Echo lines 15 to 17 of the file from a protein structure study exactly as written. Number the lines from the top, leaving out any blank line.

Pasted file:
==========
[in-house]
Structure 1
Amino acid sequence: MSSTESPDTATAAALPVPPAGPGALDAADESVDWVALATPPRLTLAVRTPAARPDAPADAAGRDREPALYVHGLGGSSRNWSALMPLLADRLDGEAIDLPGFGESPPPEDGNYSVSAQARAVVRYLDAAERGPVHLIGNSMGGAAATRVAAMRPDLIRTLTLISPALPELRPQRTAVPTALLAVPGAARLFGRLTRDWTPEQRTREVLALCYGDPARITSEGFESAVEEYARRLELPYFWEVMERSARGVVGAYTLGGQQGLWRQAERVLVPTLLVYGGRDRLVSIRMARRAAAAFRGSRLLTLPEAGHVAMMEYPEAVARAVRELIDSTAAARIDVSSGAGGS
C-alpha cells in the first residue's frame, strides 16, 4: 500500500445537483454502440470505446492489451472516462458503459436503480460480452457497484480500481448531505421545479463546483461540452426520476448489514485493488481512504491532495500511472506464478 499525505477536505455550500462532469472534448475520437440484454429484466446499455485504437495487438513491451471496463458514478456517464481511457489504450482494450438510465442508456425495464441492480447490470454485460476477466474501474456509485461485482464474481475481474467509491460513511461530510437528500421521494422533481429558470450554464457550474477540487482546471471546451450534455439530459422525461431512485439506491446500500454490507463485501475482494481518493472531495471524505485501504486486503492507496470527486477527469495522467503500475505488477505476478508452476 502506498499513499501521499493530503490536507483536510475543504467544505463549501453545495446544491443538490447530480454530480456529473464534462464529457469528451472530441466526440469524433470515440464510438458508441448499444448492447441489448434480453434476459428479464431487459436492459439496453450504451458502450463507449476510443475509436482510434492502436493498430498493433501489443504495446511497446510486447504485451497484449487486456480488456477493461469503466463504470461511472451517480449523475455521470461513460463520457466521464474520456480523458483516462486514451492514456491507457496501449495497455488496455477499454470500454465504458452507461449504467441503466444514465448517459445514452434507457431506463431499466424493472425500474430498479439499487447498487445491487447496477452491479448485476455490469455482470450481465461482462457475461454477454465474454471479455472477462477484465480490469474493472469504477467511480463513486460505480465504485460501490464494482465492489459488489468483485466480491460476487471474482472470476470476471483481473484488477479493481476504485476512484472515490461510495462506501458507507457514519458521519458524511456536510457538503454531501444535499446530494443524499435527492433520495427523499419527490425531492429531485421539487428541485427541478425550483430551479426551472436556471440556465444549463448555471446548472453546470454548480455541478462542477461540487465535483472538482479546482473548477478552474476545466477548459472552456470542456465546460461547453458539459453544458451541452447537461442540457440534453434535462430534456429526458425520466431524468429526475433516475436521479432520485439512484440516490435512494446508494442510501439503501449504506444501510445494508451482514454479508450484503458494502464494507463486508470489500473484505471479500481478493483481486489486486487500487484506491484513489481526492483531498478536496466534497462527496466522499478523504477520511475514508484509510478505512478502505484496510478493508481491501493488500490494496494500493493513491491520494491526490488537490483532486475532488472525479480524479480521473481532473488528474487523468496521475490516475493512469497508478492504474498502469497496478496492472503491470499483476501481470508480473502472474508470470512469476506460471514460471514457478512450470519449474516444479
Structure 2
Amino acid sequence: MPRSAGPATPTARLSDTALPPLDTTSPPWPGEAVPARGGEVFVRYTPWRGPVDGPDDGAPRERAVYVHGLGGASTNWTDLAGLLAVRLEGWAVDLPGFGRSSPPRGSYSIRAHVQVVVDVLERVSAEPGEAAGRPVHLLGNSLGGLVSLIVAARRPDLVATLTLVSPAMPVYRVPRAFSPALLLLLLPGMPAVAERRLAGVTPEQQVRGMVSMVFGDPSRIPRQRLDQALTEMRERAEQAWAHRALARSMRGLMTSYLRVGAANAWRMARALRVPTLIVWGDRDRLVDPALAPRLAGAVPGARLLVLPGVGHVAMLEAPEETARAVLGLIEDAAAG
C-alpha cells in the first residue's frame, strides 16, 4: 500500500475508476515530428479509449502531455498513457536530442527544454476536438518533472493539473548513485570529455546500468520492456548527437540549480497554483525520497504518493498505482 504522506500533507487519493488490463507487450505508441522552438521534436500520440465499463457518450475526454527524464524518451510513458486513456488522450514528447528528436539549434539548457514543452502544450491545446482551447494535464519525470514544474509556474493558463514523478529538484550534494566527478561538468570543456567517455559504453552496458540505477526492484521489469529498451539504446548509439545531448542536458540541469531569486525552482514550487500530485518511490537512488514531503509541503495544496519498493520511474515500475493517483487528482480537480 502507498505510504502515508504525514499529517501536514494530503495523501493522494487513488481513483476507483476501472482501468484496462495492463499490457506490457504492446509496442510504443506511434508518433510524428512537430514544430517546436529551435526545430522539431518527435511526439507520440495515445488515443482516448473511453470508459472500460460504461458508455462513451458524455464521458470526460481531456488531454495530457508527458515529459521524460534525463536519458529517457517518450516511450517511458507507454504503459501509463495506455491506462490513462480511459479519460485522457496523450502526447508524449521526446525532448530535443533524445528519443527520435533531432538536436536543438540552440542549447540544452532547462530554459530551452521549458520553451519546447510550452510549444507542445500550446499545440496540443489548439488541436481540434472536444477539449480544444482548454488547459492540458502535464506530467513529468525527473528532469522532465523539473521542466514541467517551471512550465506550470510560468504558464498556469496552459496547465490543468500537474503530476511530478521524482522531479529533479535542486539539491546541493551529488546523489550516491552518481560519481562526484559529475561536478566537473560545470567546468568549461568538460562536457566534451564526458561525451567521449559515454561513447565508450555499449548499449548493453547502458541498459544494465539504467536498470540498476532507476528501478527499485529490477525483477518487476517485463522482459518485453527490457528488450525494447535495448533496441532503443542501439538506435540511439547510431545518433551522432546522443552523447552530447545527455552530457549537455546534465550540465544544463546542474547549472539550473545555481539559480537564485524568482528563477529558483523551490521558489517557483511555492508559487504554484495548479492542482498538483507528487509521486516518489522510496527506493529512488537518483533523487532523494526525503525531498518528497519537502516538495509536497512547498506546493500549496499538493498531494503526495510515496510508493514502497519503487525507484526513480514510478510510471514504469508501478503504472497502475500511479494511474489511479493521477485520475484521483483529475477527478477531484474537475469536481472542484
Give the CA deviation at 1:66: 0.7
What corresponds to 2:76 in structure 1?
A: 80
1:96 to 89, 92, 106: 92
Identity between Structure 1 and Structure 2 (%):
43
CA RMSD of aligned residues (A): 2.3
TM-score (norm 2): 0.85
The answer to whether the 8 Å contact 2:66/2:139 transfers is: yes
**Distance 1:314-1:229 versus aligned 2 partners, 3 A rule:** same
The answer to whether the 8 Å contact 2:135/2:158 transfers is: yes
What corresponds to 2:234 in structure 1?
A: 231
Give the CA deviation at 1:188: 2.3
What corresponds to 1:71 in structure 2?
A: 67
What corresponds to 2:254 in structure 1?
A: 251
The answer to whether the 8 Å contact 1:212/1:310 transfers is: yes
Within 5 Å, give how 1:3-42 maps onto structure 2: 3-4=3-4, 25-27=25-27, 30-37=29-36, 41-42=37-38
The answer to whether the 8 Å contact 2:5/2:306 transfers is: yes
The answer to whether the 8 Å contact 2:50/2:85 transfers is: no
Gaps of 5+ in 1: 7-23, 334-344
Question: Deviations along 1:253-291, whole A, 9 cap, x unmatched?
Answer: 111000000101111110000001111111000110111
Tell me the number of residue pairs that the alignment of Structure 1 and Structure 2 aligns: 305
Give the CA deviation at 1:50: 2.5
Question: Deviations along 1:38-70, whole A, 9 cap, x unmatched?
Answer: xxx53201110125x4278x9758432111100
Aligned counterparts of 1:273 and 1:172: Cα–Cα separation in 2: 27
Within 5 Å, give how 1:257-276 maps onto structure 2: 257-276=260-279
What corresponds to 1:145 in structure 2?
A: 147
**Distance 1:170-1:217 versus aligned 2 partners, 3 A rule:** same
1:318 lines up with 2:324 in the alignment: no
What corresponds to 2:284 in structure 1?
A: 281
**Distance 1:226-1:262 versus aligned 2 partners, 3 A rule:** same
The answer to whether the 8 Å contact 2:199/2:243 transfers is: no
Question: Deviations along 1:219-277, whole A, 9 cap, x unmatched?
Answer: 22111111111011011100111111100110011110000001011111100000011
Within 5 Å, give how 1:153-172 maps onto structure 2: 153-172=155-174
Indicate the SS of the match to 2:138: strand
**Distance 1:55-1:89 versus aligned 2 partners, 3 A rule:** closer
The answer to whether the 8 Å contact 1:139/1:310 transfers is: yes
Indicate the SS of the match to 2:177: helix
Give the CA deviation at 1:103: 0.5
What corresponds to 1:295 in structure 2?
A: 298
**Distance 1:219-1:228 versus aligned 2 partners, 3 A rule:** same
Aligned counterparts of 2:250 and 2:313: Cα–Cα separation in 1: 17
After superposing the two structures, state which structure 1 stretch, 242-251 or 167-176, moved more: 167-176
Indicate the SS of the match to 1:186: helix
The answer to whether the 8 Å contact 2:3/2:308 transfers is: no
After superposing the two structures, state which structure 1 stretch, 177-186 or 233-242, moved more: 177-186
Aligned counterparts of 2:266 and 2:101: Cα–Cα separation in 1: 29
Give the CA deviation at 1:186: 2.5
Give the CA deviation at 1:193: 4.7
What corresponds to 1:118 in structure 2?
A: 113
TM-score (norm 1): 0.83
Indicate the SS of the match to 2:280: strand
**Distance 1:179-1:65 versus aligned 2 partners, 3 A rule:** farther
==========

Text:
TM-score (norm 2): 0.85
The answer to whether the 8 Å contact 2:66/2:139 transfers is: yes
**Distance 1:314-1:229 versus aligned 2 partners, 3 A rule:** same